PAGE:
The Girl Can’t Read–words.
Naomi started Violin lessons over the summer. There’s a notion that most public schools don’t embrace and that is that when a child is ready for something, they’ll do it. A year ago an hour of time spent trying to teach Naomi how to tie her shoes was fruitless and frustrating. Last week I demonstrated it twice and she walked away knowing how to tie her shoes.

Back to violin. Naomi has been taking ‘music’ lessons for some time, but they were introductory and more about rhythm and getting them comfortable with looking at notes, hearing tones, etc. Now, though we weren’t sure until she began, Naomi is ready to play violin. She picked it up, and can even read music after only a few months–it’s amazing. I expected to suffer through months, if not years of cat-fight-sounding screeches, but most of what she plays is actually pleasant. Not to say it’s all on key, or that she’s some sort of prodigy, I am just very pleased with her ability to enjoy it so quickly. The groundwork was laid and now she will be able to progress, not without instruction, but it’s coming very naturally to her–like with the shoe-tying.

I’m not embarrassed to say that Naomi can’t read. She’ll be 7 in a few weeks and though at times it’s been difficult not to feel like we’re doing something wrong by NOT forcing it, I really feel that we’re still in the foundation-laying time. Drew and I both read, we read to her constantly; her vocabulary is huge and her comprehension fantastic. When the time is right we will be ready for her readiness; but now, as always, I remind myself that late readers are often the ones who enjoy reading the most (according to a recent article I read), and what are we trying to prove anyway? I’d rather she know how to be kind, so I’ll force that learning on her instead for now…

7 Comments

  • MamaWestWind Posted September 14, 2011 6:46 pm

    I know what you mean about about the difficulty of feeling wrong by not forcing reading. I've gone through the same and even had to have more than a few conversations with our Papa for him to understand why.

    We live in this society that says the earlier the better. But is that really the best thing? So many kids start their elementary years knowing how to read in Kindy but then they get sick of school so young. Their attitude changes from eager learning to feeling weary in learning.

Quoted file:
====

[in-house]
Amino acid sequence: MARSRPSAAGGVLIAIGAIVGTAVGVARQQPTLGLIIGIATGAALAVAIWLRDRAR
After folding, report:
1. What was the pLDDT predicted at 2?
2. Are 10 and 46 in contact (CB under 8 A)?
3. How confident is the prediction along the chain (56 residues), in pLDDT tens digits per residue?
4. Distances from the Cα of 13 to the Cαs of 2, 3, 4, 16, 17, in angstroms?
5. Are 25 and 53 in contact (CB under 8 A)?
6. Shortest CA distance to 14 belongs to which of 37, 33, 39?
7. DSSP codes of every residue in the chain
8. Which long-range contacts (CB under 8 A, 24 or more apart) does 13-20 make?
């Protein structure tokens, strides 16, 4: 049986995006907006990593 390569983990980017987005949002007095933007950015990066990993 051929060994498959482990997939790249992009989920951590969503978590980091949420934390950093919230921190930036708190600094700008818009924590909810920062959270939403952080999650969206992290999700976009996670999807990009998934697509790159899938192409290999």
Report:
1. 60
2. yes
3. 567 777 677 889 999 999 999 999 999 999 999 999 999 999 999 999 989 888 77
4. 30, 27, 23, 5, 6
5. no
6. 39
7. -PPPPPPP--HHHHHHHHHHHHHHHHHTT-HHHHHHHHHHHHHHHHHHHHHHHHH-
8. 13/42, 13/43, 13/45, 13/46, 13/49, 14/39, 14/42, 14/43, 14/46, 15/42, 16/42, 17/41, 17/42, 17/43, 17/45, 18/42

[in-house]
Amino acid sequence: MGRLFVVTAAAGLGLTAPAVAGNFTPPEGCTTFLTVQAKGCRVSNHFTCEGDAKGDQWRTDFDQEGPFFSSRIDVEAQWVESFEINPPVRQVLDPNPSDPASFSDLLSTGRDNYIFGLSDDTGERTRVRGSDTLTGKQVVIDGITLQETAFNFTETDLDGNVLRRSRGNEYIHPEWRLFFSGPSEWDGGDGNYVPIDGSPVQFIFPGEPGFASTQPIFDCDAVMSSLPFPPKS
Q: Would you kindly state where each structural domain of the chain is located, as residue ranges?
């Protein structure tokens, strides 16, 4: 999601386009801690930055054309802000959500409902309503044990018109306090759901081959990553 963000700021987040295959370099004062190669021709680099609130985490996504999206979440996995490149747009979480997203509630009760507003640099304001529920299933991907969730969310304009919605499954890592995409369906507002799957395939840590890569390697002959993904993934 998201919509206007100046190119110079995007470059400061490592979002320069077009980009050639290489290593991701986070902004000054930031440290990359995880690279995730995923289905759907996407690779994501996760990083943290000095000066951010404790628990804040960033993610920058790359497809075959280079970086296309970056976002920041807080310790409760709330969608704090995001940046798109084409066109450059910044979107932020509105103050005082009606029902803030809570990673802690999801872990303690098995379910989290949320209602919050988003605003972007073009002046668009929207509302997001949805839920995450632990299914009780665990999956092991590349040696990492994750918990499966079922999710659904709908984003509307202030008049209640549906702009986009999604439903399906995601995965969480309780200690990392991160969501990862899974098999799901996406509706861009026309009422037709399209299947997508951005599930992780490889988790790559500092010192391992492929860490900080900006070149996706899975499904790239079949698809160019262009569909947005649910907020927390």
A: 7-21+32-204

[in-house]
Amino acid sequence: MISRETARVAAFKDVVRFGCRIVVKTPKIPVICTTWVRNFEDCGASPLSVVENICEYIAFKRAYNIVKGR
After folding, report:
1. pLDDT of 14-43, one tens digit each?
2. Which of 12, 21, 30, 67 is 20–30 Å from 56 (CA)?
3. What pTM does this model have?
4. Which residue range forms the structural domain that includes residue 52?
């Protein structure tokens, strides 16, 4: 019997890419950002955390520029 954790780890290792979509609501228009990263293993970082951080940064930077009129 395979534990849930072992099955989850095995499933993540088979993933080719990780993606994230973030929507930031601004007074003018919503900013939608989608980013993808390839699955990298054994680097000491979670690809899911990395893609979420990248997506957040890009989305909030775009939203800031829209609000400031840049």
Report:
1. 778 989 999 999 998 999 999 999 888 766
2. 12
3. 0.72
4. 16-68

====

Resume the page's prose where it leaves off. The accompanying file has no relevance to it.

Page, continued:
It helps to read others experiences. My son also has a big vocabulary, loves to listen to us read, comprehension better than mine most days. He also looks at books constantly. That eagerness to learn, the excitement to hear the next chapter, this is so precious! I'm willing to wait and see it unfold.

    Becca

  • Joy Posted September 15, 2011 12:30 am

    You're so right, Lacey. Finn has shown varying amounts of interest in reading so I just try to follow his lead. Amazingly, kids really seem to show interest in what is right for them at any given time. The picture of Naomi playing is just adorable. πŸ™‚

  • Anonymous Posted September 15, 2011 5:47 am

    You know, the thing which struck me about this post? This one sentence gave me a physical reaction:

    "I am just very pleased with her ability … to enjoy it so quickly".

    That was not how I expected that sentence to end, and I didn't realise it until I finished the sentence. I wondered why I had a feeling of dread quickly followed by a feeling of relief and then joy.

    I learnt to play violin. It was an awful experience of many dreadful teachers coupled with my own parents' expectations that I should do it well, not caring whether I enjoyed it, wanted to do it, or even understood the basics to make playing well possible. πŸ™ My violin in the corner of the spare room fills me with many emotions, all negative.

    I'm glad you're able to be pleased with your daughter's enjoyment instead of pulling towards the next achievement goal. It gives me hope that I can be a different parent than what was modelled for me.

    – Tanja.

  • angwat Posted September 16, 2011 2:19 am

    umm…Naomi can read, she read me Dick and Jane…just ask her πŸ™‚

  • Kallie Posted September 16, 2011 2:51 am

    I can vouch for the whole late reader thing. Elijah eats books. I have never seen a kid that loves to read as much as him and he didn't really read until he was 7…just trust the process and you are right, it is better that all children learn to be kind first. I can't wait to hear her play! Very exciting.

  • school house oils Posted September 16, 2011 1:18 pm

    Thanks everyone for your comments, they're all really nice to read. And Ange, even Dick & Jane she's put aside and she doesn't want to try with anymore–I thought she'd made a breakthrough, but it was temporary and she isn't interested in trying with that anymore…

  • Freedom Three Posted September 16, 2011 9:26 pm

    i totally agree with not pushing them. they're going to learn to read. what's the rush? my daughter loves to write her letters and even sound letters out, but she's nowhere near being able to read. i am happy just letting her do what she likes as far as that is concerned. why frustrate her?

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